There was a king of the old Oyo empire whose name was Tella at birth. He later became known more as Alaafin Abipa, Ọba a m’oro! He was the younger brother to Alaafin Orompotoniyun. He got the name Abipa through an event that shaped his life and reign forever.
At some point in Alaafin Abipa’s life, he had something that he personally coveted more than anything else. Something you could call a selfish aim. He wanted to achieve what four predecessors of his couldn’t achieve – Moving the seat of power back to old Oyo.
Alaafin Ofinran had tried and failed. He actually died trying. Alaafin Eguguoju also tried and failed. Alaafin Ajiboyede had the same fate. Alaafin Orompotoniyun couldn’t achieve it. When Tella became king, he swore he would get it done. The people of Oyo were already comfortable in Igboho but Tella had the personal wish he wanted to achieve. He MUST MOVE THE SEAT OF POWER!
Because all his attempts failed too, Alaafin Tella sought the help of a sorcerer. The sorcerer told him that for him to achieve his personal ambition, a baby of less than 3 months old must be pounded alive! Blood, flesh, bones, and sinews of the baby would be used as propitiation.
Alaafin Tella looked around Oyo Kingdom. He saw babies that met the requirements that he needed, but he couldn’t get himself to use any of the babies. When asked why he tarried, the Alaafin would say “I can’t bear to see my subjects cry in the anguish of losing a baby”. So he left them.
One of the King’s wives was 7 months old pregnant, at the time all of these were happening. Two months later, the queen got into labour and she was delivered a male child.
As was the custom, as the child was delivered, even with natal blood still all over the baby’s body, he was taken to his father, Alaafin Tella, for blessings. The Alaafin took less than 1-day old baby and summoned the sorcerer to the palace. He handed the baby to the sorcerer, and the baby was pounded to a pulp. Alaafin Tella couldn’t kill other people’s children, but he killed his own!
Because of the fact that he had a baby and killed the baby, he got the name Àbípa (one who birthed and killed). He later arrested some deformed beings thought to be gnomes/spirits on Ajaka hills and he became known as Ọba a m’ọ̀rọ̀ (the king who arrests demons) . He was thus more popularly called Alaafin Àbípa, Oba a m’ọ̀rọ̀.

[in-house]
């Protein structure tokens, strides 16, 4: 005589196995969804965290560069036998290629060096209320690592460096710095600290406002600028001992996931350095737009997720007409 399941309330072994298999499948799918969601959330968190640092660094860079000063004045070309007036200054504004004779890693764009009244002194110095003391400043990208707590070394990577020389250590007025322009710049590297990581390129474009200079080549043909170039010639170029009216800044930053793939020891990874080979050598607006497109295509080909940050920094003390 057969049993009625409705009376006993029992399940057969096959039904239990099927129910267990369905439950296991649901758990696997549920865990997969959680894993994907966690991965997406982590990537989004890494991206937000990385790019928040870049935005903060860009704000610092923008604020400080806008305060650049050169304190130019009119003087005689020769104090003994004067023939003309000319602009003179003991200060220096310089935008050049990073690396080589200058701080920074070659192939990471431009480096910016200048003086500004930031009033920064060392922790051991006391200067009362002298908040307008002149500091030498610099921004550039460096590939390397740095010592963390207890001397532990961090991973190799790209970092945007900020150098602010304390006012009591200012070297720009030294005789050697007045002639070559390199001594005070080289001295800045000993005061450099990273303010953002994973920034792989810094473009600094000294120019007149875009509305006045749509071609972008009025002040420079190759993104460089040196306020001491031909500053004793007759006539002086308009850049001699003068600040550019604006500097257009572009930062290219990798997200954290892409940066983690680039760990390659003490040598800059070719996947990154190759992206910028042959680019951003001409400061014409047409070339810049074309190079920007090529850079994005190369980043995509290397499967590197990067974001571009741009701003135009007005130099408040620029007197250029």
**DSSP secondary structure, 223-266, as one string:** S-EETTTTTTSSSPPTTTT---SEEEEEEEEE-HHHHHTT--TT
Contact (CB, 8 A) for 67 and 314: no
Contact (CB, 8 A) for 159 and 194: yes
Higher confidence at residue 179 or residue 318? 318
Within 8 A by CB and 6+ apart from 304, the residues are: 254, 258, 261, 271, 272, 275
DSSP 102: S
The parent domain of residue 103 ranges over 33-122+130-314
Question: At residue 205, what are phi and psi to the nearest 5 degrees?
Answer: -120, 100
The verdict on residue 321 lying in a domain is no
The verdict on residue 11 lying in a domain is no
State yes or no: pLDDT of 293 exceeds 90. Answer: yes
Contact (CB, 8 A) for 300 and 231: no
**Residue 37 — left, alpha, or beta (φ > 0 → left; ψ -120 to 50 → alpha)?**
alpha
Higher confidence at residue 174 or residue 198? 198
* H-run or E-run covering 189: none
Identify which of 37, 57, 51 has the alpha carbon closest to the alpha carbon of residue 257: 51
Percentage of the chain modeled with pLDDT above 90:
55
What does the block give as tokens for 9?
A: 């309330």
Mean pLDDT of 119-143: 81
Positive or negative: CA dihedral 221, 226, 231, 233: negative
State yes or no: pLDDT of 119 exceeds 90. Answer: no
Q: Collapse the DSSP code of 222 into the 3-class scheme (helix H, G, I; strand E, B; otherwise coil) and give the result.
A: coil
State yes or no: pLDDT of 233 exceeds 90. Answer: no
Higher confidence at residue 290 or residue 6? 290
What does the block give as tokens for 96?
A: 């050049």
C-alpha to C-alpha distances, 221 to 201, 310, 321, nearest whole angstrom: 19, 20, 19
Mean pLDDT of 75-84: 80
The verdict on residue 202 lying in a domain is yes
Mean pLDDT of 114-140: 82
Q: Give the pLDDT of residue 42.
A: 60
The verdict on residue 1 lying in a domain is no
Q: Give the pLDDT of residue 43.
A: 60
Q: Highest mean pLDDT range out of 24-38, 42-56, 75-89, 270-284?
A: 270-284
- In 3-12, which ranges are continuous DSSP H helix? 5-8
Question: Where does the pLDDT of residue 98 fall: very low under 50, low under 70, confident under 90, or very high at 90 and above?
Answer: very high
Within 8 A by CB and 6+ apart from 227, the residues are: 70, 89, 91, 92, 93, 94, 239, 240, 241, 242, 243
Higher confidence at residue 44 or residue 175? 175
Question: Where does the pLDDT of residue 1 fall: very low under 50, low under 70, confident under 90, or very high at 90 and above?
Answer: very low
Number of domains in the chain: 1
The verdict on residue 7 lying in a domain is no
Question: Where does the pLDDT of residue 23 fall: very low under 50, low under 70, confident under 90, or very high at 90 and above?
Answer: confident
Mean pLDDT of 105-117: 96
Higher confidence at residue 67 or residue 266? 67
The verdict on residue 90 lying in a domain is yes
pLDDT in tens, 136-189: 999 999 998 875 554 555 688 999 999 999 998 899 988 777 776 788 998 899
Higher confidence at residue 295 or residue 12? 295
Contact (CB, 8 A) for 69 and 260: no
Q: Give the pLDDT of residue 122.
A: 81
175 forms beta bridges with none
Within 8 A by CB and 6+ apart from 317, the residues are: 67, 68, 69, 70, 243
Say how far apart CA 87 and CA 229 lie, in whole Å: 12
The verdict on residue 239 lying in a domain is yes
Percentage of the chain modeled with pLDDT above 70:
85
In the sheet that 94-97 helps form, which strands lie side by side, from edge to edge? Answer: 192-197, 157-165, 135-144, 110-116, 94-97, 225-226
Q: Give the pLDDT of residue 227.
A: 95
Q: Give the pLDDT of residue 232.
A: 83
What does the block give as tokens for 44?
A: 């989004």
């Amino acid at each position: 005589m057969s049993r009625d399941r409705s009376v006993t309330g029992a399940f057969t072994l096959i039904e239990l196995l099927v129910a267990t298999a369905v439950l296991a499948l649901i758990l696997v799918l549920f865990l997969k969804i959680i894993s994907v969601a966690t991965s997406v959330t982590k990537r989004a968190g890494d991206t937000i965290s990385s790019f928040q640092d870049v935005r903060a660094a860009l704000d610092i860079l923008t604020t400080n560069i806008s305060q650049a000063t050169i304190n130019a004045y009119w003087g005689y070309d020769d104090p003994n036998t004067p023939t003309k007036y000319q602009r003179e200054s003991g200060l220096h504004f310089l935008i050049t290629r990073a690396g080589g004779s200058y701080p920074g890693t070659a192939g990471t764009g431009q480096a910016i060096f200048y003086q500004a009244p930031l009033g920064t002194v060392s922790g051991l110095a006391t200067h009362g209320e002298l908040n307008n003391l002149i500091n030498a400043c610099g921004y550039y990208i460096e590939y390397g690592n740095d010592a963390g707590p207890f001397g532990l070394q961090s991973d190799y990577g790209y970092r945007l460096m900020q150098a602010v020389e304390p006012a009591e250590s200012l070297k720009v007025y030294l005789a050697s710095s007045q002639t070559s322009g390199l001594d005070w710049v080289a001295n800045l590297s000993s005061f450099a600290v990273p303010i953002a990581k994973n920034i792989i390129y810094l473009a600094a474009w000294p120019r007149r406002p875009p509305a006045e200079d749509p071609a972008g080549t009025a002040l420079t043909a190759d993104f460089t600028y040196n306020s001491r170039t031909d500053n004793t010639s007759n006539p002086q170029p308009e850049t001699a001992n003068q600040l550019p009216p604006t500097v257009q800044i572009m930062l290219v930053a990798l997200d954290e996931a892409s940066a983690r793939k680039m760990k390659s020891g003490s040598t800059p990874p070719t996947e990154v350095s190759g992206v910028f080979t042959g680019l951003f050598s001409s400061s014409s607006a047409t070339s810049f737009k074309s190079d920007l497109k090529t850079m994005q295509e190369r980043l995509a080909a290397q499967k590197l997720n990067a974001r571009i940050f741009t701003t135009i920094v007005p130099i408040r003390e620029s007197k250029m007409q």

Some people say Alaafin Abipa was a bad MAN (for killing his own child), but everyone agrees he was a good KING (for his official achievement).
Though a shareholder of FCMB, I ordinarily would not have bothered about the personal life of Nuhu Adams so long he doesn’t commit any criminal offense against the state, nor violate any written policy of the bank. I think the same applies to a host of other shareholders out there. Naturally, as investors, we care about FCMB as a going concern and the bottom line.
Unfortunately, matters of the heart and consensual amorous relationships between adults should be their private business. Of course, in the case of this saga, it is believed that the lady involved was married at the time of their liaison which was a personal failing of both her and Nuhu.
However, since I do not have all the facts of the matter (and it usually is difficult to know the whole story about amorous relationships), I sincerely believe that the parties involved should fix this quietly within themselves.
It is even more unfortunate in this circumstance as the reported death of the husband; or former husband of the lady, as the case may be, complicates the matter; but for the sake of the children involved, the families, other staff, customers, and shareholders of FCMB that this matter is handled with tact and respect for both the living and the departed.
It is a big lesson indeed that an excellent banking professional and a business leader like Nuhu has in his tenure achieved over 200% Return on investment in our share values from N1.10k when he became the CEO in 2017 to N3.50k as at December 2020 could find himself in this situation. I am of the opinion that this one failing should not be cause for all, especially FCMB’s Directors and shareholders to throw this good MD/CEO of the Bank under the bus.
I hold no brief for Nuhu Adams on the accusations of philandering, I don’t know if it’s true or not. I also do not know Mr. Tunde Thomas or the actual cause of his demise, but I know that every human life lost is irreplaceable and I condole with his family, friends, and sympathisers. I sincerely wish his soul rests in peace.
As a woman myself, I would also refrain from castigating Moyo, Tunde’s wife because I have no knowledge of what the understanding in their family is. But as a shareholder of FCMB, I would openly plead with the general public to please sheathe the swords of this campaign of calumny against the bank!
Like Alaafin Abipa, we may argue over Nuhu being a good man, but there is no argument on his being a successful MD/CEO.
– Abike Omowunni
Entrepreneur and serial investor.